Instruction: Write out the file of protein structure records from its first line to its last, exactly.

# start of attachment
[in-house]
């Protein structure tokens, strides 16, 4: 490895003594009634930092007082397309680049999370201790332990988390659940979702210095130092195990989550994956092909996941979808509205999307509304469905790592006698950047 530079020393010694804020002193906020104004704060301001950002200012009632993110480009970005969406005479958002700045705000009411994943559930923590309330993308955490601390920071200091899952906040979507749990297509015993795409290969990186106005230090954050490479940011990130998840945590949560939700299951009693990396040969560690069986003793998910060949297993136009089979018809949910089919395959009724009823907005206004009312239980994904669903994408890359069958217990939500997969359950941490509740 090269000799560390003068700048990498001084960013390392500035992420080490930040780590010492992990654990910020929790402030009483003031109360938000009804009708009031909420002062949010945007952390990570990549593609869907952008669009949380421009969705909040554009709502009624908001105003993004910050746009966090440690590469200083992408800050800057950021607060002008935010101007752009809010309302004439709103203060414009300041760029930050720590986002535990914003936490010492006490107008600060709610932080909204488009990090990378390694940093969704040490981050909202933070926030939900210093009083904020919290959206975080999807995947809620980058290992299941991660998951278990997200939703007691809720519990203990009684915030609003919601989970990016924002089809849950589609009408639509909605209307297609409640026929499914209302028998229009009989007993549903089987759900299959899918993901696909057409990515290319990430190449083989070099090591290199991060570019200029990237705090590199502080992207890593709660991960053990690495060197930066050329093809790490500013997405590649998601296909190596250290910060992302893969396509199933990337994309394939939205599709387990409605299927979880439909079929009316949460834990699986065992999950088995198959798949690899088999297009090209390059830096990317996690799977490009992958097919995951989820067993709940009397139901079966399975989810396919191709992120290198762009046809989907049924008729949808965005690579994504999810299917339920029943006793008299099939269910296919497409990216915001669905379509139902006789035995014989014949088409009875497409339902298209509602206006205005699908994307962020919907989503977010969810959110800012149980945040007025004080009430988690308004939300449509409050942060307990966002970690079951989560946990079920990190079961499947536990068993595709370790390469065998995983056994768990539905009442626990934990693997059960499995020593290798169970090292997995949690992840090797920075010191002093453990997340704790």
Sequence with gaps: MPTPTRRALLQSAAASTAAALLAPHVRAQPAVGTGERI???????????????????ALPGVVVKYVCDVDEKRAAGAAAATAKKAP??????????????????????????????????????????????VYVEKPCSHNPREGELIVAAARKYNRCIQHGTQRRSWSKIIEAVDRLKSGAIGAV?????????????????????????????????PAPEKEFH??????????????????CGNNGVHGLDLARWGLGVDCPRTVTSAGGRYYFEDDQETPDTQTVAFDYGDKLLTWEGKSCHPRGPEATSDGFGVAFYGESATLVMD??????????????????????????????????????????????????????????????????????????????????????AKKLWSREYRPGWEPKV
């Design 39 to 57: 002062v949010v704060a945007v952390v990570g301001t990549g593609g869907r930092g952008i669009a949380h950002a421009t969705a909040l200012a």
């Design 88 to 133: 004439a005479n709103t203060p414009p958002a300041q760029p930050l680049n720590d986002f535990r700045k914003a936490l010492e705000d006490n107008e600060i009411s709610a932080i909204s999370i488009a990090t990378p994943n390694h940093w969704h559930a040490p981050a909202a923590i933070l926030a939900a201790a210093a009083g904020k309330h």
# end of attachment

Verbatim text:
[in-house]
């Protein structure tokens, strides 16, 4: 490895003594009634930092007082397309680049999370201790332990988390659940979702210095130092195990989550994956092909996941979808509205999307509304469905790592006698950047 530079020393010694804020002193906020104004704060301001950002200012009632993110480009970005969406005479958002700045705000009411994943559930923590309330993308955490601390920071200091899952906040979507749990297509015993795409290969990186106005230090954050490479940011990130998840945590949560939700299951009693990396040969560690069986003793998910060949297993136009089979018809949910089919395959009724009823907005206004009312239980994904669903994408890359069958217990939500997969359950941490509740 090269000799560390003068700048990498001084960013390392500035992420080490930040780590010492992990654990910020929790402030009483003031109360938000009804009708009031909420002062949010945007952390990570990549593609869907952008669009949380421009969705909040554009709502009624908001105003993004910050746009966090440690590469200083992408800050800057950021607060002008935010101007752009809010309302004439709103203060414009300041760029930050720590986002535990914003936490010492006490107008600060709610932080909204488009990090990378390694940093969704040490981050909202933070926030939900210093009083904020919290959206975080999807995947809620980058290992299941991660998951278990997200939703007691809720519990203990009684915030609003919601989970990016924002089809849950589609009408639509909605209307297609409640026929499914209302028998229009009989007993549903089987759900299959899918993901696909057409990515290319990430190449083989070099090591290199991060570019200029990237705090590199502080992207890593709660991960053990690495060197930066050329093809790490500013997405590649998601296909190596250290910060992302893969396509199933990337994309394939939205599709387990409605299927979880439909079929009316949460834990699986065992999950088995198959798949690899088999297009090209390059830096990317996690799977490009992958097919995951989820067993709940009397139901079966399975989810396919191709992120290198762009046809989907049924008729949808965005690579994504999810299917339920029943006793008299099939269910296919497409990216915001669905379509139902006789035995014989014949088409009875497409339902298209509602206006205005699908994307962020919907989503977010969810959110800012149980945040007025004080009430988690308004939300449509409050942060307990966002970690079951989560946990079920990190079961499947536990068993595709370790390469065998995983056994768990539905009442626990934990693997059960499995020593290798169970090292997995949690992840090797920075010191002093453990997340704790």
Sequence with gaps: MPTPTRRALLQSAAASTAAALLAPHVRAQPAVGTGERI???????????????????ALPGVVVKYVCDVDEKRAAGAAAATAKKAP??????????????????????????????????????????????VYVEKPCSHNPREGELIVAAARKYNRCIQHGTQRRSWSKIIEAVDRLKSGAIGAV?????????????????????????????????PAPEKEFH??????????????????CGNNGVHGLDLARWGLGVDCPRTVTSAGGRYYFEDDQETPDTQTVAFDYGDKLLTWEGKSCHPRGPEATSDGFGVAFYGESATLVMD??????????????????????????????????????????????????????????????????????????????????????AKKLWSREYRPGWEPKV
């Design 39 to 57: 002062v949010v704060a945007v952390v990570g301001t990549g593609g869907r930092g952008i669009a949380h950002a421009t969705a909040l200012a």
């Design 88 to 133: 004439a005479n709103t203060p414009p958002a300041q760029p930050l680049n720590d986002f535990r700045k914003a936490l010492e705000d006490n107008e600060i009411s709610a932080i909204s999370i488009a990090t990378p994943n390694h940093w969704h559930a040490p981050a909202a923590i933070l926030a939900a201790a210093a009083g904020k309330h």